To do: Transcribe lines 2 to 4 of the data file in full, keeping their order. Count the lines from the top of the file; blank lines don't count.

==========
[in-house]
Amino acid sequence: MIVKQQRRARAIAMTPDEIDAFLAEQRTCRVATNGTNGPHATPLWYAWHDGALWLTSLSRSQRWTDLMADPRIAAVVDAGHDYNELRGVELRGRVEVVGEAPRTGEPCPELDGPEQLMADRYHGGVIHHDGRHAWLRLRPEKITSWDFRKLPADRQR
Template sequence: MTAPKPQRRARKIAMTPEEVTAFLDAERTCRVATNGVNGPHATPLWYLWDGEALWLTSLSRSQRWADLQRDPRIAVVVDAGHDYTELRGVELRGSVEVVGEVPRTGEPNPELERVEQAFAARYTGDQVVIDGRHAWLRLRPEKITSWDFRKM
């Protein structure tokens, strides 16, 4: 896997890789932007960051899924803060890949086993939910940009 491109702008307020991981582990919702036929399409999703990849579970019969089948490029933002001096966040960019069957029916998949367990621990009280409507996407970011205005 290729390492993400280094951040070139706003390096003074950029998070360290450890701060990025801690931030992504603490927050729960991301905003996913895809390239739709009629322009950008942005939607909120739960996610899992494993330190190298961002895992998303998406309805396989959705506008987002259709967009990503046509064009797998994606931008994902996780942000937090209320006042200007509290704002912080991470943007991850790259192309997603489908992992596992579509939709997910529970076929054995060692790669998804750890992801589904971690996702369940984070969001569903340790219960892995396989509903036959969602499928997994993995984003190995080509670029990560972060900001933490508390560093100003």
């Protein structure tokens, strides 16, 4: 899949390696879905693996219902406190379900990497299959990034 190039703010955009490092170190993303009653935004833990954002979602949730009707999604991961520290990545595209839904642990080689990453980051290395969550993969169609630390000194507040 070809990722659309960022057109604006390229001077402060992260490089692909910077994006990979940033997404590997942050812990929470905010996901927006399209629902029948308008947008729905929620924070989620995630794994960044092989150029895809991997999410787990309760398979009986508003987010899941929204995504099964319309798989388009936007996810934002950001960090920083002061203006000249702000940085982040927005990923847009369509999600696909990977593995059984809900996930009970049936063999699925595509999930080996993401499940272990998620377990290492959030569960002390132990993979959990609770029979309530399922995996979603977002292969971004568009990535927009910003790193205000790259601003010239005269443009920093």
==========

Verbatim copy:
Amino acid sequence: MIVKQQRRARAIAMTPDEIDAFLAEQRTCRVATNGTNGPHATPLWYAWHDGALWLTSLSRSQRWTDLMADPRIAAVVDAGHDYNELRGVELRGRVEVVGEAPRTGEPCPELDGPEQLMADRYHGGVIHHDGRHAWLRLRPEKITSWDFRKLPADRQR
Template sequence: MTAPKPQRRARKIAMTPEEVTAFLDAERTCRVATNGVNGPHATPLWYLWDGEALWLTSLSRSQRWADLQRDPRIAVVVDAGHDYTELRGVELRGSVEVVGEVPRTGEPNPELERVEQAFAARYTGDQVVIDGRHAWLRLRPEKITSWDFRKM
């Protein structure tokens, strides 16, 4: 896997890789932007960051899924803060890949086993939910940009 491109702008307020991981582990919702036929399409999703990849579970019969089948490029933002001096966040960019069957029916998949367990621990009280409507996407970011205005 290729390492993400280094951040070139706003390096003074950029998070360290450890701060990025801690931030992504603490927050729960991301905003996913895809390239739709009629322009950008942005939607909120739960996610899992494993330190190298961002895992998303998406309805396989959705506008987002259709967009990503046509064009797998994606931008994902996780942000937090209320006042200007509290704002912080991470943007991850790259192309997603489908992992596992579509939709997910529970076929054995060692790669998804750890992801589904971690996702369940984070969001569903340790219960892995396989509903036959969602499928997994993995984003190995080509670029990560972060900001933490508390560093100003």